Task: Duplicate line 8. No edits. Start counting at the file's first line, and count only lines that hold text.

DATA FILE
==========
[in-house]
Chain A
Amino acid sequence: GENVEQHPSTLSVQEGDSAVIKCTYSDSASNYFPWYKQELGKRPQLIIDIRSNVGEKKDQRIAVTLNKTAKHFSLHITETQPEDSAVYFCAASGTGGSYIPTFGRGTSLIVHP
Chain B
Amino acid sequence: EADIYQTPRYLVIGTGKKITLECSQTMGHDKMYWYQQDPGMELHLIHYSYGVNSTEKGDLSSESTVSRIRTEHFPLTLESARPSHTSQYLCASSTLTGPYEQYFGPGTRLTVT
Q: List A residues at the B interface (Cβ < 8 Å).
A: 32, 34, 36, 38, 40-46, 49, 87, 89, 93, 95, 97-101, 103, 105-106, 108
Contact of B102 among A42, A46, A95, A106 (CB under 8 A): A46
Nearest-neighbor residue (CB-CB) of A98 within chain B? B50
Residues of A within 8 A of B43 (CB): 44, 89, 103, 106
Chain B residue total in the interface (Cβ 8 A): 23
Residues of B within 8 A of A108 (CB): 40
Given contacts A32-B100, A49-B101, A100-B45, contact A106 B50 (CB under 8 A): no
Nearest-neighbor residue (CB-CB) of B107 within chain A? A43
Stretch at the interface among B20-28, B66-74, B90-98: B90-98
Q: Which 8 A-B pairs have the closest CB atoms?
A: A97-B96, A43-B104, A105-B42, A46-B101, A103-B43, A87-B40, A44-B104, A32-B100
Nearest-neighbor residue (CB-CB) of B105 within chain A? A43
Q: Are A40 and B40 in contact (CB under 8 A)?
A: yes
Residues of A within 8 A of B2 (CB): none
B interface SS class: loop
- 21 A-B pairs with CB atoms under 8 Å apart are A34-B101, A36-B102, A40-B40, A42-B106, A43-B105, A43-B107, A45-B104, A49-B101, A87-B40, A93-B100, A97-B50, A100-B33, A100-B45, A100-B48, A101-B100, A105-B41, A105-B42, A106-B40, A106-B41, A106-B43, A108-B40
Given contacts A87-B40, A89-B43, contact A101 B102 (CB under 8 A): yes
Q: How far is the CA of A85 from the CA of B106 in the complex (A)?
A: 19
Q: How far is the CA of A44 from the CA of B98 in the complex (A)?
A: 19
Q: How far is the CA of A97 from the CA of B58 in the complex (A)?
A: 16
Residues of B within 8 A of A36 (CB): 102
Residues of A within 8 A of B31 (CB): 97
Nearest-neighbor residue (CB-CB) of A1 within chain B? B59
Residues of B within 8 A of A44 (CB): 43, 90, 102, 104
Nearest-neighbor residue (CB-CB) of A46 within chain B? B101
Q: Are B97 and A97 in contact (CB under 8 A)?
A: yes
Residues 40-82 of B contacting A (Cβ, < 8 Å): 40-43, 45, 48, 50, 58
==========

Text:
Contact of B102 among A42, A46, A95, A106 (CB under 8 A): A46